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Beat HQ Joined: 9th December 2010
Last seen: 5th June 2012

Evan Dando & Spencer P Jones Live at Labour In Vein

It was a brief observation, conveyed – as social matters usually are in these technologically advance times – by text message that led me to the Labour in Vain mid-evening tonight. “SPJ playing Labour In Vain tonight. Not sure what time”, read the message. The prospect of seeing Spencer playing in the Labour In Vain was enough to cause a slight deviation in my plans; a cursory logistical analysis suggested there was little to be lost in dropping into the pub after concluding my last minute Christmas shopping in Carlton.

 

Alas, Spencer had finished his set by the time I’d purchase my entreé pint of Cooper’s Dark Ale. The crowd, however, wasn’t leaving. A four-square metre area, bordered by a couple of microphone stands and a litter of guitar cases, had been constructed in the corner of the pub. A thin figure shuffled to the make-shift stage, his long, scraggy hair obscuring his features; the profile was vaguely familiar. The figure slung an acoustic guitar over his shoulders, which he hunched like a teenager struggling to make small talk at a high school social. A friend who’d I’d not set eyes on for a couple of years muttered “Yeah, this guy’s going to play next”.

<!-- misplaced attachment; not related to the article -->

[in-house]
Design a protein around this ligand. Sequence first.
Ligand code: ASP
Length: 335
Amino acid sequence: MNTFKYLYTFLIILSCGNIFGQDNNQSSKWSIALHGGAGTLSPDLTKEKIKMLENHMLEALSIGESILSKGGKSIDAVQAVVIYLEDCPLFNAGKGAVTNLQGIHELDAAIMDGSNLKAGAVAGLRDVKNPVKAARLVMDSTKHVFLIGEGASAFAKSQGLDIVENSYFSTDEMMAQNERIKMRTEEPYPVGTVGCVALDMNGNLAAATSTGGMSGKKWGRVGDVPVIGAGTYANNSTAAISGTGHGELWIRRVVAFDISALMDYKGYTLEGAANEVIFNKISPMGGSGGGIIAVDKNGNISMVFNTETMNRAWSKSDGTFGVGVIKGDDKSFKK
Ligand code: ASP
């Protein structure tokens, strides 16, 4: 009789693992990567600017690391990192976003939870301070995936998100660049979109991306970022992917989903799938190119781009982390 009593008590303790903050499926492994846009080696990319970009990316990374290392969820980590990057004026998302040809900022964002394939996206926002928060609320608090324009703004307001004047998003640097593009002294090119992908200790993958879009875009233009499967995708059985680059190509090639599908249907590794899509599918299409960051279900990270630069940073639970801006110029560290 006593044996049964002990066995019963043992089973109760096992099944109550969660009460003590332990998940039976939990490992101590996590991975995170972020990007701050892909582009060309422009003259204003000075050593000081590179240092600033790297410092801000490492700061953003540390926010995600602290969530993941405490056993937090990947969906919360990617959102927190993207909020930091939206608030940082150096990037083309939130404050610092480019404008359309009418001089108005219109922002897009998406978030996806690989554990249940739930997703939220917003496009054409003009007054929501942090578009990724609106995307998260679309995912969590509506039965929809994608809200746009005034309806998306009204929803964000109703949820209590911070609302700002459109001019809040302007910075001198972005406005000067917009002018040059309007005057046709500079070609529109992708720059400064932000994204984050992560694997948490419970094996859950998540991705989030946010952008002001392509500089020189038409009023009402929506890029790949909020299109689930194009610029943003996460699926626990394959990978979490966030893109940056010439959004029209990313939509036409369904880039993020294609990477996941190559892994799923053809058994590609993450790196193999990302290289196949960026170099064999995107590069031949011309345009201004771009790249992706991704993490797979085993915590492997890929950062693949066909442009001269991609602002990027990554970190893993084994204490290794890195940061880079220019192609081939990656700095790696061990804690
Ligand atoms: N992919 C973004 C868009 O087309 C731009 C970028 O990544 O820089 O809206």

That guy, of course, was Evan Dando. So long a regular visitor to Australian shores, Dando has – for better and for worse – accumulated a wealth of local 'friends’, a percentage of whom remain happy to exploit Dando’s acquaintance for innocent and nefarious ends. Like so many of his shows over the years, Dando’s appearance tonight wasn’t guaranteed until it happened; once it was real, it was unforgettable.

 

Refusing to lift his gaze from his Converse-housed feet, Dando ran through a half-hour semi-greatest hits set. Consistent with the theme of his latest Australian tour, the set was heavy on It’s A Shame About Ray – you can never hear Rudderless too many times, and the Thunders-like paradoxical beauty of My Drug Buddy has rarely been so vivid.

The playing was rough and ready, verging on sloppy in places; no-one cared, and nor should they. Dando’s golden voice remains a stream of light against his otherwise dark existence. The songs are riddled with a pop sensibility that a gamma-ray couldn’t threaten. Every song a winner, every moment to die for.

 

The end came swift, with a characteristic enigma flourish: the guitar pulled off and returned to its case. Dando wandered out with barely a disingenuous wave to the crowd. The crowd cheered, but an encore was never going to happen. But what had been witnessed would be remembered forever.

 

 

RICK MCCOSKER